Could this be a clue that radioisotope “clocks” might have “ticked” at different rates in the past, and that this variation in “ticking” is different for different radioisotopes?If so, this would explain the discrepancy between the radiocarbon method and other radioisotope techniques.

One of these assumptions is that nuclear decay rates have always been constant.

Although C decays fairly quickly, heavier isotopes (such as uranium-238) decay much more slowly.

In principle, this decay rate may be used to “date” the time since an organism’s death.

But the calculated dates will only be accurate if the assumptions behind the method are correct.

Because the present decay rates of these heavier isotopes are so small, the assumption that these rates have always been constant naturally leads to age estimates of millions and even billions of years.

Interestingly, however, some radioisotope methods tend to consistently yield younger age estimates than others, even when the techniques are used on the same rock units.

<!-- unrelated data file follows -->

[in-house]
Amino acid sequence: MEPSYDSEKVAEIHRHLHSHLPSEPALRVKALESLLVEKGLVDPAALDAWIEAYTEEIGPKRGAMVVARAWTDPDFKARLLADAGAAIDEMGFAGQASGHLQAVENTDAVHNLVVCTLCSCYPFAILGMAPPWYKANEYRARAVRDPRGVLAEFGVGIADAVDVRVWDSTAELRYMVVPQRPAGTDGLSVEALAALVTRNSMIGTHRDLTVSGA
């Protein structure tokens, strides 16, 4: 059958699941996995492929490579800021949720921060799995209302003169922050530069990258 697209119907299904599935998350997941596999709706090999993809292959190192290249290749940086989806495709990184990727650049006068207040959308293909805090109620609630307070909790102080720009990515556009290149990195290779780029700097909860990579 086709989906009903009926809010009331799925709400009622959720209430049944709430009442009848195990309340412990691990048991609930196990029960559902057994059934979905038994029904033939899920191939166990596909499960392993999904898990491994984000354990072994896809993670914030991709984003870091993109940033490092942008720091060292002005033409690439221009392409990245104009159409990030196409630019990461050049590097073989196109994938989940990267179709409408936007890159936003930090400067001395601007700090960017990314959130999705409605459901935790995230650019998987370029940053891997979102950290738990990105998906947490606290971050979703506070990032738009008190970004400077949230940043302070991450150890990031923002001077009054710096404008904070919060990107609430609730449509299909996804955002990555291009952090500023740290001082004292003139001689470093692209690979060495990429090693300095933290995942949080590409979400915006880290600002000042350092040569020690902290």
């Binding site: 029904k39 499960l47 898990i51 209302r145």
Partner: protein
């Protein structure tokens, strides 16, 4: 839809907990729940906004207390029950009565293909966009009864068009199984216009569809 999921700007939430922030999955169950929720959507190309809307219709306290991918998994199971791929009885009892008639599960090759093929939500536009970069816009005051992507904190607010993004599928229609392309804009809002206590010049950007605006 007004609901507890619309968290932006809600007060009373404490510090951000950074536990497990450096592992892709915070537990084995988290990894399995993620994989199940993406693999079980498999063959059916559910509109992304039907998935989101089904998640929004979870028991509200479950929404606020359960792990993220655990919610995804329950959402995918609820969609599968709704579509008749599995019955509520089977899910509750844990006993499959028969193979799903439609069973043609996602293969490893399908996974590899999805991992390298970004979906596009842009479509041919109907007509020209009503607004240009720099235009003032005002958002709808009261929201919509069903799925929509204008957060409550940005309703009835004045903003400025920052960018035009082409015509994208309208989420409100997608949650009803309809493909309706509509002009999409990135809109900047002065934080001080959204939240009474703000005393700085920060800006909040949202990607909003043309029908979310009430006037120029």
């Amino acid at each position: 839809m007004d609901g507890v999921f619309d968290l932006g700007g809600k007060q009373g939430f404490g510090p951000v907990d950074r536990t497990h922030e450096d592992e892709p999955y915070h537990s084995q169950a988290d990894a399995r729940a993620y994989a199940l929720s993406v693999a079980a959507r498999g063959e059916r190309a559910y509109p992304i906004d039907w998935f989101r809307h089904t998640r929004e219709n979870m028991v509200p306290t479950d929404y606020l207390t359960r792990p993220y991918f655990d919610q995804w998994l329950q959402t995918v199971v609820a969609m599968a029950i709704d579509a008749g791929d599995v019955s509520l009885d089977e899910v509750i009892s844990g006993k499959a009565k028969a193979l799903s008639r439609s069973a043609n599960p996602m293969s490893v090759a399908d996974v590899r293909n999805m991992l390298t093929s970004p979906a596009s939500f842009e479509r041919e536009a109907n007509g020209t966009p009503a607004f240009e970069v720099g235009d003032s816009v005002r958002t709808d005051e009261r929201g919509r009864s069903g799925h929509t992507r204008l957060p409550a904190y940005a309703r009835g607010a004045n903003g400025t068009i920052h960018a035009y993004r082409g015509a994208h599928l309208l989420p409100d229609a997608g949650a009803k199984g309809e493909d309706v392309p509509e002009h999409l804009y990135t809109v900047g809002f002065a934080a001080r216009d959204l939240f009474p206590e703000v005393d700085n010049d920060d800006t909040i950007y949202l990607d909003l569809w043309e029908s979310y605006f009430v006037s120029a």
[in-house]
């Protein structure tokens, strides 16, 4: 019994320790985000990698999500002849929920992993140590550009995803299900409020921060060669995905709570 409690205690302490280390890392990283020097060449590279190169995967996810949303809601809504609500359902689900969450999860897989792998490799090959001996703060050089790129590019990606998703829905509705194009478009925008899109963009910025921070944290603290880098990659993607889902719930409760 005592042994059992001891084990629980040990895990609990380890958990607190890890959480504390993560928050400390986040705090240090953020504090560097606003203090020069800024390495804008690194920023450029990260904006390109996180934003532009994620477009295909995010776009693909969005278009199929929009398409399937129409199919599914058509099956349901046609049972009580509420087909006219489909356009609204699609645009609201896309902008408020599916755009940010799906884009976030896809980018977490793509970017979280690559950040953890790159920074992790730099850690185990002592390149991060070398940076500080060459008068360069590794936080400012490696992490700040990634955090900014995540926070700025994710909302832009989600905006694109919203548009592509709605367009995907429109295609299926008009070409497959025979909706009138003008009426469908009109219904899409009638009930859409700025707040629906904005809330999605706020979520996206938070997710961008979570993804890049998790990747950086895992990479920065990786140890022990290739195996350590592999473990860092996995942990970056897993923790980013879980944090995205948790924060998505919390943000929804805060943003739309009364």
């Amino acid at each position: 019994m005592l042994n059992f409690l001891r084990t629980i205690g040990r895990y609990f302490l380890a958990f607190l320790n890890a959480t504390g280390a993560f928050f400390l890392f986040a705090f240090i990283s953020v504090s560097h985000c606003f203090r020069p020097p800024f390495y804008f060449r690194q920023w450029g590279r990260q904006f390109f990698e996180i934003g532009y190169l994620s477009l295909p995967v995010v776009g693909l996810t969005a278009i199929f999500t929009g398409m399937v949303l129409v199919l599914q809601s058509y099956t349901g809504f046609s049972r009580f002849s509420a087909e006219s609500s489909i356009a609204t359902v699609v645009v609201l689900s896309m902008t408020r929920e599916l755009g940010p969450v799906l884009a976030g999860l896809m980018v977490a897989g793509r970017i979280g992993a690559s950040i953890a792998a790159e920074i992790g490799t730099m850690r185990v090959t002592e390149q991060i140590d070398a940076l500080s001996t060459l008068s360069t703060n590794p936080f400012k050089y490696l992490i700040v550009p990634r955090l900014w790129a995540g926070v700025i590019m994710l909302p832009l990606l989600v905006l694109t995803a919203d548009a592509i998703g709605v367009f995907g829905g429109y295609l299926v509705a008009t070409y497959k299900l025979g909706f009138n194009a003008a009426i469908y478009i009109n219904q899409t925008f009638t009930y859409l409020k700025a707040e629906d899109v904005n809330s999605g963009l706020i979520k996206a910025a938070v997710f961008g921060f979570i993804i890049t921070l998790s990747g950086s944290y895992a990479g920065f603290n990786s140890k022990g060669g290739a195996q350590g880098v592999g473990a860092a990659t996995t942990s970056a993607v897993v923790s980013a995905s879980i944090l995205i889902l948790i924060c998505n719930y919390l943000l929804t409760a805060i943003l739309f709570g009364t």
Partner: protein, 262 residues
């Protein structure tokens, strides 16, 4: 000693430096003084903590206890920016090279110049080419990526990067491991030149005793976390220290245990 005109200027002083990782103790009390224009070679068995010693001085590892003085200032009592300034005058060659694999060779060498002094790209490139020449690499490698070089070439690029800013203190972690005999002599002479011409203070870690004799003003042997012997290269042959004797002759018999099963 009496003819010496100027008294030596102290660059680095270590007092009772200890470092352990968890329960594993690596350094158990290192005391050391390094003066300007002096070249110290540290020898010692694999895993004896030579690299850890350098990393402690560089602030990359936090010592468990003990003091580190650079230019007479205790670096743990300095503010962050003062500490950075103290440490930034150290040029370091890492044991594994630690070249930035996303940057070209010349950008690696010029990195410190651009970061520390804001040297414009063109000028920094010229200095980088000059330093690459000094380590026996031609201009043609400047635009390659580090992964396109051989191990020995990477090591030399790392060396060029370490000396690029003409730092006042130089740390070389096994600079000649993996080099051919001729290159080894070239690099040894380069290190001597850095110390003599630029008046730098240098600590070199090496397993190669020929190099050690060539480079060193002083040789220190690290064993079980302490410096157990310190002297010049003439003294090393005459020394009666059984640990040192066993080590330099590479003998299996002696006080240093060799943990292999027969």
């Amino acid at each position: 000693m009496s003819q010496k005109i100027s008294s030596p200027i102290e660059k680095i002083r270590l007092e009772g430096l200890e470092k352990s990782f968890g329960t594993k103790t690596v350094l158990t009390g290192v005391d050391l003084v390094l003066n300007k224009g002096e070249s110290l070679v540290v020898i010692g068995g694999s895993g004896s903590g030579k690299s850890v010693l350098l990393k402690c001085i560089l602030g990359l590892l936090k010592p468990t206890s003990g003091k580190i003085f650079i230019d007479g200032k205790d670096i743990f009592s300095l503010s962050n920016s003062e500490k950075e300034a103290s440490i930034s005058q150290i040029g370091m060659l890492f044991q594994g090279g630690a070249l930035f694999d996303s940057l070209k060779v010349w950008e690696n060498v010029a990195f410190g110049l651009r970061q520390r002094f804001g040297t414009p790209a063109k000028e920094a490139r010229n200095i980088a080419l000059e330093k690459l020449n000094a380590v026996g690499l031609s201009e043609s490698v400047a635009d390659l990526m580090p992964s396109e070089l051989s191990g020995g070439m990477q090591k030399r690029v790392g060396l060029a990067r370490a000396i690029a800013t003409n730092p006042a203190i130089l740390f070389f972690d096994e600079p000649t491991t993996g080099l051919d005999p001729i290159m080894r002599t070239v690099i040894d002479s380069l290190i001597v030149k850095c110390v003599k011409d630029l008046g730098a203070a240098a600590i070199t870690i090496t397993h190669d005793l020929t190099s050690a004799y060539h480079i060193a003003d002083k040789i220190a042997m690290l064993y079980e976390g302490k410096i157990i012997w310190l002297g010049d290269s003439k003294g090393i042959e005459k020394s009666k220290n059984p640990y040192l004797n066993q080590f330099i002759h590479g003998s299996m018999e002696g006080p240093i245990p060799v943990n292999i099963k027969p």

Smallest Detectable Amount of Radiocarbon Sensitive instruments called acceleration mass spectrometers (AMS) are used to count the C/C ratio in a sample drops below 0.001 p MC?

One can estimate this time by dividing 100 p MC by 2 repeatedly until the resulting number drops below 0.001 p MC.

However, these excessively long ages are easily explained within the biblical worldview, and C should be present in specimens that are even a little more than 100,000 years old!

Nearly anyone can verify this for themselves using basic multiplication and division.

Radiocarbon Basics Carbon comes in three “varieties” or isotopes: C is 5,730 years.

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